I haven't played either version of the game, so grain of salt and all that, but don't let some (disputed) faults with the localization steer you away. The game itself has received pretty much universal appraise.
 

+Aliken+

Member
Apr 18, 2005
1,859
0
0
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That was describing Translation. What you're proposing would be part of Localisation.

I disagree with you...disagreeing lol

The aim of translation is to convey the source text into something that the intended audience can understand. Whether or not it is controversial is irrelevant. Whether the subject matter is difficult or not is also irrelevant. Your job is to render the message into something that has identical, or near-identical meaning for the intended audience. This is not to say that it's all about the words. If that was the case, machine translation would suffice. Rather, you're conveying the message, the underlying intent of the statement (including any insinuations or innuendos involved). You making sure that the sensibilities of the audience are protected comes down to intent: did the speaker have those same sensibilities in mind when they made their statement? If so, then you would naturally include that in your translation. If the speaker intends to offend, then you would include that as well, though you would have to make concessions based on the game's rating and the context of title itself (e.g. whether or not racial / sexual slurs belong in the game or not, etc.).

Localization means adapting the message so that it's culturally relevant to the intended audience. For example, if you have two kids talking about their favorite superhero, making allusions that a monster lives in their toilet, or referencing a specific pop idol, these would need to be localized to avoid confusion of your players.

Ok wait, I agree... so disagreeing with my first comment...
Well I actually misinterpreted the meaning intended regarding translation. I was looking at "Translation" in that comment as if it was "Localisation". My bad.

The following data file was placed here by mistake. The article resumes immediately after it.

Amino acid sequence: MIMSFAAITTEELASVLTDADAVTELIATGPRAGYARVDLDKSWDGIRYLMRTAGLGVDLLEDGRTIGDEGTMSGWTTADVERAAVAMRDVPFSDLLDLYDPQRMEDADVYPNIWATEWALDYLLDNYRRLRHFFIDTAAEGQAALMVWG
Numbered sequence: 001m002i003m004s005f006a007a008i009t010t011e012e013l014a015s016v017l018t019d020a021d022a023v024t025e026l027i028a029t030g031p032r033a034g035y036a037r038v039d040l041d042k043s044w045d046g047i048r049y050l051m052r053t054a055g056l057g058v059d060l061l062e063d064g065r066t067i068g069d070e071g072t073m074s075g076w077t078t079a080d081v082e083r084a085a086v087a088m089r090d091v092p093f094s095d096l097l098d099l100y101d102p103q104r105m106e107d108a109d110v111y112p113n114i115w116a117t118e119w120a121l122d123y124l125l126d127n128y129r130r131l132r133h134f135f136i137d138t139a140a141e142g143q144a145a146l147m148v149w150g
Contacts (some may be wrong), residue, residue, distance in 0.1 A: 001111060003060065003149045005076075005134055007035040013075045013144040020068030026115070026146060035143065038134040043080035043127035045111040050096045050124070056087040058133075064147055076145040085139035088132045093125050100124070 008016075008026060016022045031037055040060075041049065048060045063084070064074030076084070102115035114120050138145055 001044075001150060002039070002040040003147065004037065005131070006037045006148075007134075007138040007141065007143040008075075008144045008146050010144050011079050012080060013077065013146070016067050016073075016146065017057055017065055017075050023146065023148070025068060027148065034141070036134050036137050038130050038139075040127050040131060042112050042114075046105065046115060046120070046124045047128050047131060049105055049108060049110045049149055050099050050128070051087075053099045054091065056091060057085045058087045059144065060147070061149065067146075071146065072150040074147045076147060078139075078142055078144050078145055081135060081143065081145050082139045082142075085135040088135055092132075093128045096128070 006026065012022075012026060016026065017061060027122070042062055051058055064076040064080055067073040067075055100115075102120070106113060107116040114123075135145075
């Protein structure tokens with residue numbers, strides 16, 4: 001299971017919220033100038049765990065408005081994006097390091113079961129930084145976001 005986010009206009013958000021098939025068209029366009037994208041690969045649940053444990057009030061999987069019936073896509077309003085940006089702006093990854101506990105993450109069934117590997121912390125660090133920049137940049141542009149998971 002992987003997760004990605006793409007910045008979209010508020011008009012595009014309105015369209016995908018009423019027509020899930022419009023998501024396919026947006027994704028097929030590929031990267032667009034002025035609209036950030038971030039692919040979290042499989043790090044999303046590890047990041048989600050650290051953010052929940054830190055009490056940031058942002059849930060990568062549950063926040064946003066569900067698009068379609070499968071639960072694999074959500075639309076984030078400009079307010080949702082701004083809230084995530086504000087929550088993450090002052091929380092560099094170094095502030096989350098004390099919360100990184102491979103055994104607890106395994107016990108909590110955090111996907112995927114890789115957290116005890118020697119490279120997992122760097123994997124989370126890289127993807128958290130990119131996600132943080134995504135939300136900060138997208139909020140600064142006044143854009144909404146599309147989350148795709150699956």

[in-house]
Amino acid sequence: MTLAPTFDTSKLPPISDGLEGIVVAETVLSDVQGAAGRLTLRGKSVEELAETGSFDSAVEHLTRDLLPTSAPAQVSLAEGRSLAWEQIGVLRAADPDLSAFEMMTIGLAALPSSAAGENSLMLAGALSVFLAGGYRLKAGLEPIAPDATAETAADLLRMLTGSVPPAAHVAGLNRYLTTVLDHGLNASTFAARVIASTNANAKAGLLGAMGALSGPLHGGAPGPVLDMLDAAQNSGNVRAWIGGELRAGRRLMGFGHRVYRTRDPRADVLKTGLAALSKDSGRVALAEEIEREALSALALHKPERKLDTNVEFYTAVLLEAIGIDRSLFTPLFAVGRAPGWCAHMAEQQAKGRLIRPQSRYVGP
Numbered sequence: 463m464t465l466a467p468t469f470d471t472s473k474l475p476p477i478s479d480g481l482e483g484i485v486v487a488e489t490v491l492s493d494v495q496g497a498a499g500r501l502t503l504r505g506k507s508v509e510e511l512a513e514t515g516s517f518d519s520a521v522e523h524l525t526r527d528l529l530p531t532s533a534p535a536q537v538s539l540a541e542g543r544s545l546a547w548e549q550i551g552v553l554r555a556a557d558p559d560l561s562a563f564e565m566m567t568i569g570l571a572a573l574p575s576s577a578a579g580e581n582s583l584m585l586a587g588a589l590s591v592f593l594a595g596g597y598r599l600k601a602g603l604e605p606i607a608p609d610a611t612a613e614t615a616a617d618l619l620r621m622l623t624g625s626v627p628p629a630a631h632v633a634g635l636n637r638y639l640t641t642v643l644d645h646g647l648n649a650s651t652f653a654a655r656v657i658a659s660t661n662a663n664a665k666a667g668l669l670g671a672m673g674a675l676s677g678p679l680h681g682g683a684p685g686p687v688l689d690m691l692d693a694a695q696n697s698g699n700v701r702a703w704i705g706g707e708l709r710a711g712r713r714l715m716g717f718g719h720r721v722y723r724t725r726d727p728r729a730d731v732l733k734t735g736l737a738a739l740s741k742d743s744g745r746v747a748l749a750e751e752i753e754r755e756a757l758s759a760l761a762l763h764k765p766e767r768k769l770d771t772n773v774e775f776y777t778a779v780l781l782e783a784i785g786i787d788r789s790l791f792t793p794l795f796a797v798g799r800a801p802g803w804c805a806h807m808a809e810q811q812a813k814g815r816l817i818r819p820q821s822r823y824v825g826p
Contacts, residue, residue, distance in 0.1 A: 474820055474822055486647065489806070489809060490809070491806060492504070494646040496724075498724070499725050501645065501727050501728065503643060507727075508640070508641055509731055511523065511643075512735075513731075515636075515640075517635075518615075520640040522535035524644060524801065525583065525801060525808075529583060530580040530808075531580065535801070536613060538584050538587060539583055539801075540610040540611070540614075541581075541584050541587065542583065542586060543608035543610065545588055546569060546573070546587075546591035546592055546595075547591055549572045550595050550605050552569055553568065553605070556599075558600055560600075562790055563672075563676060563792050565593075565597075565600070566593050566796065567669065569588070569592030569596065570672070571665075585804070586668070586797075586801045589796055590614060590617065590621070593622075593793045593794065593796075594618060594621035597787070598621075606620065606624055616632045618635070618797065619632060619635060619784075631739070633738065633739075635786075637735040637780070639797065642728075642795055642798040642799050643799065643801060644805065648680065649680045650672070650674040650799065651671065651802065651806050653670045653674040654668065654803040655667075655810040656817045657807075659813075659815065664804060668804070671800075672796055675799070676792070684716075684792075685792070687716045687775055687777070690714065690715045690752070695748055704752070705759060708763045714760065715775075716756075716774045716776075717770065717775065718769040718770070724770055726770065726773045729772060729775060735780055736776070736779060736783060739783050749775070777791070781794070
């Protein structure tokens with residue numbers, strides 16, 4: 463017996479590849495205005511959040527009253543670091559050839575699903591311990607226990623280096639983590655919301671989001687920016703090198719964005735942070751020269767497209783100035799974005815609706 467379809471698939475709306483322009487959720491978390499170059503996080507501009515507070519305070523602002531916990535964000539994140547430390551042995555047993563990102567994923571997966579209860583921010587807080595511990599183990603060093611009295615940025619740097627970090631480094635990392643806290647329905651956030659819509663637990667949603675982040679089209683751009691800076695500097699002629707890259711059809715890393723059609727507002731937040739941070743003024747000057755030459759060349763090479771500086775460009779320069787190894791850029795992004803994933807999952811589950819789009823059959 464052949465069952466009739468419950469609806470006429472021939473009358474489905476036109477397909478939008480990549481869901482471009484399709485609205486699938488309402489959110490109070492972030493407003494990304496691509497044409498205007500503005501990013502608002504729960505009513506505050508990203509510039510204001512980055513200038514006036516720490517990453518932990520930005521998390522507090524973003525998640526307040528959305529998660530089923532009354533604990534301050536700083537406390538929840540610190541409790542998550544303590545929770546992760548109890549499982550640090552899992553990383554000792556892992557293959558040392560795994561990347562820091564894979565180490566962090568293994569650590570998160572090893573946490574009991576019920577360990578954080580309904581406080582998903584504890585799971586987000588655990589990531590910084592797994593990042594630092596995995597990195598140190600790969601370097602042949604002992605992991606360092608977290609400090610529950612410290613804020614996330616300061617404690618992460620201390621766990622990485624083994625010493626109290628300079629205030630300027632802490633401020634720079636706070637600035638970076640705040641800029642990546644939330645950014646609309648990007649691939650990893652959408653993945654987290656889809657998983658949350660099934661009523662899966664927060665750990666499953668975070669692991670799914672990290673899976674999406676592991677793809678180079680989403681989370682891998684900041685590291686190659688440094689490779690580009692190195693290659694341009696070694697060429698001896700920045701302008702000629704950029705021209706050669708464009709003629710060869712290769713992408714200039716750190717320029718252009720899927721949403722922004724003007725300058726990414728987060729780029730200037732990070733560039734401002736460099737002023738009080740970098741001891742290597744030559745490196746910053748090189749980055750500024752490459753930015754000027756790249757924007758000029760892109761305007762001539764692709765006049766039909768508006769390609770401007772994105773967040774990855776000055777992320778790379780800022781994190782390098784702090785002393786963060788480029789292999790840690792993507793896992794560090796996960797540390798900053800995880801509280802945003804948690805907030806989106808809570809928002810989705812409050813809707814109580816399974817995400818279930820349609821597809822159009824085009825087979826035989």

kromeo

Member
Oct 21, 2015
4,980
1
0
London
Some people care far too much about a few pieces of bad grammar in a 100 hour game

In 20 hours I've noticed Kamoshida get called a scum and that was it
 

Elephant

Neo Member
Jul 1, 2016
244
0
0
Nottingham, UK
I've just had a look at some of the examples and they're really stretching it. The whole thing exudes arrogance by someone who doesn't fully understand the difference between trifle and trifle. I don't know, this just seems petty.

Great read. I guess I'll return my unopened copy. Damn shame.

Maybe it'll get retranslated in a re-release.

I'm kinda stunned at how such a dialogue heavy game got a 94 metacritic rating with such a wonky translation. It seems like Dark Souls 2 all over again.

I wouldn't let this put your off the game. One of his criticisms is that 07734 doesn't spell "Hello" when turned upside down, despite the game saying it does. Yet anyone who has ever owned a calculator will know that it does in fact say "hello". Then they would have typed 58008 and giggled to themselves for hours on end, because they were probably 5 when they figured all of this out.
 

TheBryanJZX90

Member
May 4, 2012
5,506
2
435
Great read. I guess I'll return my unopened copy. Damn shame.

Maybe it'll get retranslated in a re-release.

I'm kinda stunned at how such a dialogue heavy game got a 94 metacritic rating with such a wonky translation. It seems like Dark Souls 2 all over again.

I don't think a single person here thinks the game isn't worth playing because of the translation. Get some dang ol perspective man.
 

Maledict

Member